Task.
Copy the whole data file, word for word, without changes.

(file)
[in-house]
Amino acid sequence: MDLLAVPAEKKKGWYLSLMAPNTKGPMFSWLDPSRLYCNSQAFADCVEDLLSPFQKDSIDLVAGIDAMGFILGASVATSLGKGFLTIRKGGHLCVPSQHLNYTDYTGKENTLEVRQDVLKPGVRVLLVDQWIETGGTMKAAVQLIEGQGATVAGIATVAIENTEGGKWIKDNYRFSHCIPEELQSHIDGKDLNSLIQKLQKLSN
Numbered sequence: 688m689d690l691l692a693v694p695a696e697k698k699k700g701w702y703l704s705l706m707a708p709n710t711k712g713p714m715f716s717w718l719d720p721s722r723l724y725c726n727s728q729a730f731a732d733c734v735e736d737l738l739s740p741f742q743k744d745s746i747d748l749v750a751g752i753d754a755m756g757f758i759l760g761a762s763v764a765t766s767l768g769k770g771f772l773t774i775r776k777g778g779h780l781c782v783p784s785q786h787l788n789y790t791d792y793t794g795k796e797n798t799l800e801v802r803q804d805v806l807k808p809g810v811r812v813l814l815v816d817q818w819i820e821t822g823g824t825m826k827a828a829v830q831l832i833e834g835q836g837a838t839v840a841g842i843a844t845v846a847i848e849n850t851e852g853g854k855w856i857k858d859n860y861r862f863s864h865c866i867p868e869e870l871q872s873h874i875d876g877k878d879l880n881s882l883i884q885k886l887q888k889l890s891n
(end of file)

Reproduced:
[in-house]
Amino acid sequence: MDLLAVPAEKKKGWYLSLMAPNTKGPMFSWLDPSRLYCNSQAFADCVEDLLSPFQKDSIDLVAGIDAMGFILGASVATSLGKGFLTIRKGGHLCVPSQHLNYTDYTGKENTLEVRQDVLKPGVRVLLVDQWIETGGTMKAAVQLIEGQGATVAGIATVAIENTEGGKWIKDNYRFSHCIPEELQSHIDGKDLNSLIQKLQKLSN
Numbered sequence: 688m689d690l691l692a693v694p695a696e697k698k699k700g701w702y703l704s705l706m707a708p709n710t711k712g713p714m715f716s717w718l719d720p721s722r723l724y725c726n727s728q729a730f731a732d733c734v735e736d737l738l739s740p741f742q743k744d745s746i747d748l749v750a751g752i753d754a755m756g757f758i759l760g761a762s763v764a765t766s767l768g769k770g771f772l773t774i775r776k777g778g779h780l781c782v783p784s785q786h787l788n789y790t791d792y793t794g795k796e797n798t799l800e801v802r803q804d805v806l807k808p809g810v811r812v813l814l815v816d817q818w819i820e821t822g823g824t825m826k827a828a829v830q831l832i833e834g835q836g837a838t839v840a841g842i843a844t845v846a847i848e849n850t851e852g853g854k855w856i857k858d859n860y861r862f863s864h865c866i867p868e869e870l871q872s873h874i875d876g877k878d879l880n881s882l883i884q885k886l887q888k889l890s891n